The name Indiana means Land of the Indians, or simply Land of the Indians. It is also derived from Indiana's territorial history. In, the United States Congress passed legislation to divide the Northwest Territory into two areas and named the western section the Territory of Indiana. At a dinner party hosted by her mutual friend, a young American woman came up behind an Indian man, punched him on the shoulder and asked, “Heggiddira? (“How are you? ) in impeccable Kannada.
I had heard from another acquaintance that he was from Bangalore and wanted to reconnect with a city where he had lived for a year during his postgraduate studies, when he did his doctoral fieldwork on voting bank politics in Karnataka. When the gentleman recovered from spilling his drink on the front of his shirt, his conversation oscillated between India and Indiana, his home state in the United States. For her part, she learned that he knew a lot about the Boonies of Central America where she came from, which is a territory typically unknown to professional Indians who stay on the East Coast or West Coast (“I went to Waco, Texas, long before the Dravidians of the branch made her famous,” she said. He could recite Frost and Whitman, he was familiar with Dylan and the Dixie Chicks, and he didn't suffer from the anti-American pathology of many Indians, even when they faced the West.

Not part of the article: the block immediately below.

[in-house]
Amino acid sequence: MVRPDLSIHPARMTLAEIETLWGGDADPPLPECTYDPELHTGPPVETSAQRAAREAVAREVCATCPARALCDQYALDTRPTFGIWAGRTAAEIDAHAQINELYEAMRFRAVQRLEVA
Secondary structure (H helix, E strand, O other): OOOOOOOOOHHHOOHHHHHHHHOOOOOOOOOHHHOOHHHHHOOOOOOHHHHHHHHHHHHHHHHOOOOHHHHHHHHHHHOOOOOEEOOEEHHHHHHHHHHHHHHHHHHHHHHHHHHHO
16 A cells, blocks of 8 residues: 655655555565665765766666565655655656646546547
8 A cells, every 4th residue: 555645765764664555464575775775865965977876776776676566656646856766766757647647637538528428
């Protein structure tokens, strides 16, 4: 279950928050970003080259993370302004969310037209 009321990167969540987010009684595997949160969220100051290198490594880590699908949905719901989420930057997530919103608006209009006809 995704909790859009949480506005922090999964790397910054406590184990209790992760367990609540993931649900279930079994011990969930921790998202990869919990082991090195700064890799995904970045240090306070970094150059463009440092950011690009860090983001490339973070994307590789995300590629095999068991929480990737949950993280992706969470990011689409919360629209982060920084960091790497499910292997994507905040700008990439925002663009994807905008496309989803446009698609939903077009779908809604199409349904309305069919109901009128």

He was comfortable in his own Indian skin and ethos. For her part, she liked that she could be as Central American as Cracker Barrel, that she didn't idealize India too much, that she didn't speak enthusiastically about Bollywood or yoga (both with which she was familiar), and she took it for what was a country of great contradictions that not even an Indian, let alone a Westerner, could ever reach. a nation that challenged definitions and stereotypes. A good example of a mound built by Indians is Mounds State Park in Anderson, Indiana.
The largest mound inside the park is 360 feet wide. The mound is in the shape of a circle with a large platform in the center of the mound circle. The hollow circle is wide enough to place an entire ball in the center. In the middle of the mound, scientists have discovered human skeletons and other Indian artifacts.
Angel Mounds in Evansville, Indiana, is the location of another mound building community. Agencies and sub-agencies were created as administrative offices of the Office of Indigenous Affairs and its predecessors. Its purpose was (and is) to manage Indian affairs with tribes, enforce policies and help maintain peace. The names and locations of these agencies may have changed, but their purpose remains basically the same.
Many of the records of genealogical value were created by these offices.